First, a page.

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US Drought Photos, Brief Summary and Links, August 16, 2012

11:20 am in Uncategorized by Crane-Station

US Drought Monitor August 14, 2012 001

US Drought Monitor August 16, 2012 photo by Crane-Station on flickr

Link to map and summary.

The US Drought Monitor map for August 14, 2012 was published at 8:30 Am today, August 16, 2012 and is pictured above. Alabama, Georgia and South Carolina (the Southeast) have shown some improvement due to rain, with Alabama no longer experiencing exceptional drought. The Northeast and Mid-Atlantic states received enough rain that things did not get any worse, according to the map. The South and Southern Plains states Oklahoma, Texas and Louisiana experienced deterioration in conditions, with “large swaths of exceptional drought” added this week in Oklahoma. Rain alleviated some of the drought in the Midwest and Northern Plains states, including “central Iowa, across northern and central Illinois and Indiana, and into western Ohio and southern Michigan,” as well as North and South Dakota. However, the summary states, ” Exceptional Drought (D4) expanded in the western and central parts of Nebraska and through central and eastern Kansas and into western and central Missouri.” In the West, extreme and exceptional drought expanded in Colorado. Idaho is also dry.

CNN published this video four days ago, nicely explaining the drought impact to the mighty Mississippi River and the shipping industry:

Updated impact to the US corn and soybean agricultural belt is summarized as follows (from drought map link above):

As of last week, 87% of the U.S. corn crop, 85% of soybeans, 63% of hay, and 72% of cattle areas were experiencing drought. Over half of the corn and soybean areas are experiencing Extreme (D3) to Exceptional (D4) Drought. This has led to both reduced yields and earlier harvests.

We live in the Ohio River Valley in Kentucky at the border where the Ohio divides Kentucky from Southern Illinois that is an area of exceptional drought. Even though people cheered at the first rain a few days ago, that first rain after a drought is kind of like water drops to a hot stove: pfssssst. We will need several soaking rains. This morning I took a walk and put water and food out for the few birds that are out. The only other animal I noticed was a lizard. He did not want to be photographed, so I took these photos:

(Note: Click to enlarge any of the flickr photos in this post)

Drought corn

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US Drought Update

10:27 am in Uncategorized by Crane-Station

The current US Drought Monitor map was published today, and is pictured and linked to the right.

All but four Chicago-area counties in the US state of Illinois are disaster counties. Illinois has 102 counties. In short, Illinois, and I mean the whole of this giant Midwest state, is a government-listed, aid eligible disaster area. Illinois is, in pertinent part a leading US producer of corn, soybeans and swine, with 76,000 farms covering 28 million acres amounting to nearly eighty percent of Illinois total land acreage. The Illinois Department of Agriculture summarizes:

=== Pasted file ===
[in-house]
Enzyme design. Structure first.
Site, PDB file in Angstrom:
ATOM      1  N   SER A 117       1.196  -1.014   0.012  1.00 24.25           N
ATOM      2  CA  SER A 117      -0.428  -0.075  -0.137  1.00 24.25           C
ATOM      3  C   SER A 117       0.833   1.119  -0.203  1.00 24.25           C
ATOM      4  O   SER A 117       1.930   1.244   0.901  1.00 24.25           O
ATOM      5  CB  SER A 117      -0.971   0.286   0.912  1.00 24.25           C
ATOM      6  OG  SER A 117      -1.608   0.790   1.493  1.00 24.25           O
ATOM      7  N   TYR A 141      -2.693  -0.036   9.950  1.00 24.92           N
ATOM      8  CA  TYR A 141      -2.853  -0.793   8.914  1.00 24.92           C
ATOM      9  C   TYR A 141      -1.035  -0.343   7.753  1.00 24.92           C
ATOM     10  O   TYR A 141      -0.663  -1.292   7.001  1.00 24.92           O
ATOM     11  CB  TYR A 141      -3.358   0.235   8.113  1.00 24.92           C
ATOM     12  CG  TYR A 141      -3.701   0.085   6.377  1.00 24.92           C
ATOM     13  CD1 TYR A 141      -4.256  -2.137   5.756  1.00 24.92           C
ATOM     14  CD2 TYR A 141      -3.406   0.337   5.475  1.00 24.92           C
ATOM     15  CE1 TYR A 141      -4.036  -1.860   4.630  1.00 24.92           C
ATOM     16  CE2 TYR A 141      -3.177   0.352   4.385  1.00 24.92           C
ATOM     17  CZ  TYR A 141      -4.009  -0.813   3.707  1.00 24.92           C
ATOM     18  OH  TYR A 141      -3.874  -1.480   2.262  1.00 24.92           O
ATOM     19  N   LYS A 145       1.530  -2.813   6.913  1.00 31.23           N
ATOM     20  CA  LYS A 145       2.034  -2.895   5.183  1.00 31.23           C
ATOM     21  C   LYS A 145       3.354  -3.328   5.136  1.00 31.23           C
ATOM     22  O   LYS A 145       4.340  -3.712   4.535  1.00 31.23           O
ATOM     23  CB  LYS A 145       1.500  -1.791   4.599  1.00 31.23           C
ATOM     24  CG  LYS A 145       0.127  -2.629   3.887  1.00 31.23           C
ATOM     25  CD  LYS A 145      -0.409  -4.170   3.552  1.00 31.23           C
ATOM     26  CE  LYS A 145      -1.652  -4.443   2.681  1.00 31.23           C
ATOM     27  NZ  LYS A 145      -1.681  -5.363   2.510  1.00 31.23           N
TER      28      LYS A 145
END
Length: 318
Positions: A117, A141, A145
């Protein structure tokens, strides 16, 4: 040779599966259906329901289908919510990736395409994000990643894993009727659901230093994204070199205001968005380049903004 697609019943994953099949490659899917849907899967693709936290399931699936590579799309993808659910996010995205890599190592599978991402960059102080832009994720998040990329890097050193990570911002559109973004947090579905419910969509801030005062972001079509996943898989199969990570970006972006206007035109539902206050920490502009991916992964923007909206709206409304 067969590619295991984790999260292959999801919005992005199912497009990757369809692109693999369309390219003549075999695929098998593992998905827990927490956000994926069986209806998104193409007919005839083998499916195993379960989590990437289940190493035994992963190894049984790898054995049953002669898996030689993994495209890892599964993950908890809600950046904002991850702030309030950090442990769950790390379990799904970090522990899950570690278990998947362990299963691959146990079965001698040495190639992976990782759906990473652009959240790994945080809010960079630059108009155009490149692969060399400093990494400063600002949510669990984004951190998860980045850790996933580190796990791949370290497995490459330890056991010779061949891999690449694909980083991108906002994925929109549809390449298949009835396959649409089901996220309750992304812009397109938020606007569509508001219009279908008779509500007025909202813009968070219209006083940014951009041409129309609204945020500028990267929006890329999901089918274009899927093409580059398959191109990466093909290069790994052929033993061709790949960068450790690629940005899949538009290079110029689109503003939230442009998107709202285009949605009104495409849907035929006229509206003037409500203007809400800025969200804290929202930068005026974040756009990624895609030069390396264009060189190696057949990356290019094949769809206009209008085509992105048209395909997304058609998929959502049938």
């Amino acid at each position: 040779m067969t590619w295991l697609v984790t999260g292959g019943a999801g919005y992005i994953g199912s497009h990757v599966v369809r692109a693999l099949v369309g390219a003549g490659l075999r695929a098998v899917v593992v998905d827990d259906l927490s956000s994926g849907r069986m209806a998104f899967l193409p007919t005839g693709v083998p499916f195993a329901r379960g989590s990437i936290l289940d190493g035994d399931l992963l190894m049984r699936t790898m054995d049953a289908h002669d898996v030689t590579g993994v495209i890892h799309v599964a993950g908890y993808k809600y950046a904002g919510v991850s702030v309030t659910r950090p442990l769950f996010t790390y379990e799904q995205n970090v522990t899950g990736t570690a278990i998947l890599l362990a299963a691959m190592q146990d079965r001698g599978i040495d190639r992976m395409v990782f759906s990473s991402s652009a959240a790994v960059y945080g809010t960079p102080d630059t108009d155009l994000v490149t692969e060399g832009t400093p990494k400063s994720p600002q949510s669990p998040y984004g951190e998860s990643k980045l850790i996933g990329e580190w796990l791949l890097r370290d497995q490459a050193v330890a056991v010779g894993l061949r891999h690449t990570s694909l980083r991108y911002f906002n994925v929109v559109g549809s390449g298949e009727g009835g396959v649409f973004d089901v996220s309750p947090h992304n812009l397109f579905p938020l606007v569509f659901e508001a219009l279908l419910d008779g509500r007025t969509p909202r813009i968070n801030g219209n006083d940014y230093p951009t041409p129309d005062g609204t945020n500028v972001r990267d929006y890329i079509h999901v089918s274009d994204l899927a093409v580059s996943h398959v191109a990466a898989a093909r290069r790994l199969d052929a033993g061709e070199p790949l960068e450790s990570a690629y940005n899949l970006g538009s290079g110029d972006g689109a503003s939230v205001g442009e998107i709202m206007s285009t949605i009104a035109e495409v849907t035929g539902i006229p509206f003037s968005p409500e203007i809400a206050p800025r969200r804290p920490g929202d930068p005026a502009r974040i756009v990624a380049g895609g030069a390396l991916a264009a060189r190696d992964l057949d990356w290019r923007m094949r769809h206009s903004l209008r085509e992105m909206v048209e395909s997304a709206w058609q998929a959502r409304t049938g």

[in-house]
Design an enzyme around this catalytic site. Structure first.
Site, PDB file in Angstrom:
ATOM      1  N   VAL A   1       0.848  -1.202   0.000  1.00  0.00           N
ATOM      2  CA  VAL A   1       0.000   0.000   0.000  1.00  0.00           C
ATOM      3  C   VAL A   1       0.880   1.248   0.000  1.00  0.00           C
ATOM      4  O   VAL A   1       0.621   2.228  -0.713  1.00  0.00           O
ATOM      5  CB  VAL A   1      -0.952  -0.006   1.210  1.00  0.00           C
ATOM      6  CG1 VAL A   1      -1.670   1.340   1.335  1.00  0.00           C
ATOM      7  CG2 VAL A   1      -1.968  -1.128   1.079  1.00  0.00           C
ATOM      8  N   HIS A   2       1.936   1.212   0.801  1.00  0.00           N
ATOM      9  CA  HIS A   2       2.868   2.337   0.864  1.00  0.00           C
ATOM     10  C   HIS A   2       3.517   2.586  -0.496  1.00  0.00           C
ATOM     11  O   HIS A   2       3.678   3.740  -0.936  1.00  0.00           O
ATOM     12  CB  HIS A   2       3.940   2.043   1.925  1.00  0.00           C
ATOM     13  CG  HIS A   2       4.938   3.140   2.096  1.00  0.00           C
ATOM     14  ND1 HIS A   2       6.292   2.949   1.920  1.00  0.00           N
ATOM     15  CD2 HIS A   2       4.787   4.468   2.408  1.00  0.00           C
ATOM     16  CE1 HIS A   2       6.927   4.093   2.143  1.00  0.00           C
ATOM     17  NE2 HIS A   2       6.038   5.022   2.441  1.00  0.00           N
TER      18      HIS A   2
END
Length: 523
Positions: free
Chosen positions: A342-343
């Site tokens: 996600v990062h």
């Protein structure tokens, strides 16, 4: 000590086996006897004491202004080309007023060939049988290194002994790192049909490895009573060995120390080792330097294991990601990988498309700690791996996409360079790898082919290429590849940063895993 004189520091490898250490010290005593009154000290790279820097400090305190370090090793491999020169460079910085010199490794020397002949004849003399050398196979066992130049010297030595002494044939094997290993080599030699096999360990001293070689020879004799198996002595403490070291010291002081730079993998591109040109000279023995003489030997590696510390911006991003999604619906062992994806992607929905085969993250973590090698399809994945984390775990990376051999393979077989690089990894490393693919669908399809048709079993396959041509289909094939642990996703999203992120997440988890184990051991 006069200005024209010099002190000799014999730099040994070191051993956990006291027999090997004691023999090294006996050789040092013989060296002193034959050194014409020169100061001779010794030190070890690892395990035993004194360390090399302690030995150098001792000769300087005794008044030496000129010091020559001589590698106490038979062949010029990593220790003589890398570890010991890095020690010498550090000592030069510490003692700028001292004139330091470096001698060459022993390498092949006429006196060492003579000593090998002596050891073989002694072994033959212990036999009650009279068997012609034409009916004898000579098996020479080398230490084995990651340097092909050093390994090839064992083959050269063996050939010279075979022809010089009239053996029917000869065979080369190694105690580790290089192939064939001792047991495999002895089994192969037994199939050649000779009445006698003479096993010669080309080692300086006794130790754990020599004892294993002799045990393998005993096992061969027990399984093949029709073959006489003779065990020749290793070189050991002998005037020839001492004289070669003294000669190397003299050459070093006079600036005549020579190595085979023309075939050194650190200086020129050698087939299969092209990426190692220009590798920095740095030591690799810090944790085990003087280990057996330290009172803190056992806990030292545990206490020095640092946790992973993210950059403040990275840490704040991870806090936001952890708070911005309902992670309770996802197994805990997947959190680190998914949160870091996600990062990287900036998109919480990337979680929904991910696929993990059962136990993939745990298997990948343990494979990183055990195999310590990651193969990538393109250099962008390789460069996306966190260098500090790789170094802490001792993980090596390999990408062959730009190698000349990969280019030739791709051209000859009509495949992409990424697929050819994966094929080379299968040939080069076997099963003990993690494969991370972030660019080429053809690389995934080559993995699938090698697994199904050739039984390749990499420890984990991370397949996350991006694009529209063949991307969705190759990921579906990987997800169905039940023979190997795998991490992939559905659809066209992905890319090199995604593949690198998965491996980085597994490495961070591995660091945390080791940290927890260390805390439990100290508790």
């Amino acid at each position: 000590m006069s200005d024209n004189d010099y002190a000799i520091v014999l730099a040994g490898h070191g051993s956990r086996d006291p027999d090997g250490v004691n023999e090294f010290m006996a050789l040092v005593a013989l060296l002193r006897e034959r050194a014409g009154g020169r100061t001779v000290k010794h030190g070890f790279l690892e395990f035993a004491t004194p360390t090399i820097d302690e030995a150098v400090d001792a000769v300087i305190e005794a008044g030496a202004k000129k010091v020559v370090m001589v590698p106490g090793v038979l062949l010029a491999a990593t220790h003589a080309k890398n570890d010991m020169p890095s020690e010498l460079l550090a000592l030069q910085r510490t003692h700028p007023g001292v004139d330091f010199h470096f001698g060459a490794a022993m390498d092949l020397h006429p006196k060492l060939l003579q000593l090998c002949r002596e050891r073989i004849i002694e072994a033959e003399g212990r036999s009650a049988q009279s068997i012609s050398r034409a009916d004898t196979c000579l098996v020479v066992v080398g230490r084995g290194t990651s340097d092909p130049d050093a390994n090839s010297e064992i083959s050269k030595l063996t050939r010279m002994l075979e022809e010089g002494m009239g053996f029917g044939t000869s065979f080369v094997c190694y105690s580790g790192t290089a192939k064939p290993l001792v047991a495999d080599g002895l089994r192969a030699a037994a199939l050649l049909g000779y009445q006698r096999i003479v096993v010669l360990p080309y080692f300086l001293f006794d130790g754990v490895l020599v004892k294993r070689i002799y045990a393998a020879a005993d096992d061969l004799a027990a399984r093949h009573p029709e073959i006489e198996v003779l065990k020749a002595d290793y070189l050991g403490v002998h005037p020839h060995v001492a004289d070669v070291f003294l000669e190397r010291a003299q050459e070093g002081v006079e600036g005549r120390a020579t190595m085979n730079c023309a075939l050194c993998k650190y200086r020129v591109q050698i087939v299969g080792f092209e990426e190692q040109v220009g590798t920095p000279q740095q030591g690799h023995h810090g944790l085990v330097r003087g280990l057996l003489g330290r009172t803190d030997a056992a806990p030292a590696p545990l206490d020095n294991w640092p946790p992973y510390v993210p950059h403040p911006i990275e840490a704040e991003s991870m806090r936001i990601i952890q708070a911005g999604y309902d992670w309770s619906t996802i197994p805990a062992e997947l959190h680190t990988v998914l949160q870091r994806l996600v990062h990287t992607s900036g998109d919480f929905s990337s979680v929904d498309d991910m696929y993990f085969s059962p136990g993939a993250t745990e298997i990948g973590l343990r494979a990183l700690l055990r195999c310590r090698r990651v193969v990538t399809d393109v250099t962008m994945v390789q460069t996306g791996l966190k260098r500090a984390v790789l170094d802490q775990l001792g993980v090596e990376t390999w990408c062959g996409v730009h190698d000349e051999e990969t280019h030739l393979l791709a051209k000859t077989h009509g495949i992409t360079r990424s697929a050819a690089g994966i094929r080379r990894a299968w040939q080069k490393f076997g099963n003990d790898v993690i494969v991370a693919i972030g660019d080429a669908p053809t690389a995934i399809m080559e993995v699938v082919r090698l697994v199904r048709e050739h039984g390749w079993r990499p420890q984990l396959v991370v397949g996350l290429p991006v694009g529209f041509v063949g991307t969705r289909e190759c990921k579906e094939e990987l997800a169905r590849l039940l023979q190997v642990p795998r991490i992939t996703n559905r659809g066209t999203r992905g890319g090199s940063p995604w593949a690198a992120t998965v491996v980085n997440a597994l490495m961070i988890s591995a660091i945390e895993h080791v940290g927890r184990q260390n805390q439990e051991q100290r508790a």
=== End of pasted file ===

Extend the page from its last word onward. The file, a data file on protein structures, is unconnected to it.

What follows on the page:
How does agriculture benefit Illinois’ economy?

Marketing of Illinois’ agricultural commodities generates more than $9 billion annually. Corn accounts for nearly 40 percent of that total. Marketing of soybeans contributes about one-third, with the combined marketings of livestock, dairy and poultry generating about 23 percent.

Billions more dollars flow into the state’s economy from ag-related industries, such as farm machinery manufacturing, agricultural real estate, and production and sale of value-added food products. Rural Illinois benefits principally from agricultural production, while agricultural processing and manufacturing strengthen urban economies.

How are Illinois’ agricultural commodities used?

With more than 950 food manufacturing companies, Illinois is well-equipped to turn the state’s crops and livestock into food and industrial products. Food processing is the state’s number-one manufacturing activity, adding almost $13.4 billion annually to the value of Illinois’ raw agricultural commodities.

I include this information about Illinois as one way of understanding the immensity and severity of our current drought situation. This post is just an update, really, because the stories rolling in on a daily basis are each stand-alone amazing stories. There is no way to overstate this issue, and the weather predictions are consistently grim. There are only so many words I can drag from my vocabulary to describe this. I could talk about the strange stuff for a minute: there are no birds out during the days anymore. We have no clear idea how the birds are making it or where they go. Birds are very, I think, intuitive about the environment as a whole. This is bizarre but true. Before the drought hit, I spent a night on the couch downstairs and no, we weren’t arguing because we are, quite frankly, too damn old to argue with each other. Whatever. Anyway, I was on the couch and the birds all woke me with very loud chirping, in the middle of the night. They continued all through the night. Never seen anything like it, so, I called my mother. She said, and she was right, “The birds know. They know something is wrong.”

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Seasonal Farming Tasks in the Great Depression

8:00 pm in Uncategorized by Crane-Station

Old Horse Drawn Corn Planter

old horse drawn corn planter by Colbyt69, creative commons, flickr.

This is a true story from the Great Depression as told by Letty Owings, age 87. It is a true account of various farming tasks during the historic drought years of the mid-1930s.

Seasonal Farming Tasks in the Great Depression

In the spring of each year, the community farmers watched the sky and talked with each other in church about when to prepare the fields for planting. For corn, the fields had to be plowed and harrowed, and then the rows were set. The implements used to plow, break up and smooth the soil and form rows were horse-drawn. After the fields were prepared for planting, corn planters were also hitched to horses. A container on the corn planter was set to click open every three feet or so, and release three kernels of corn to the soil. So far, we are talking about mechanization.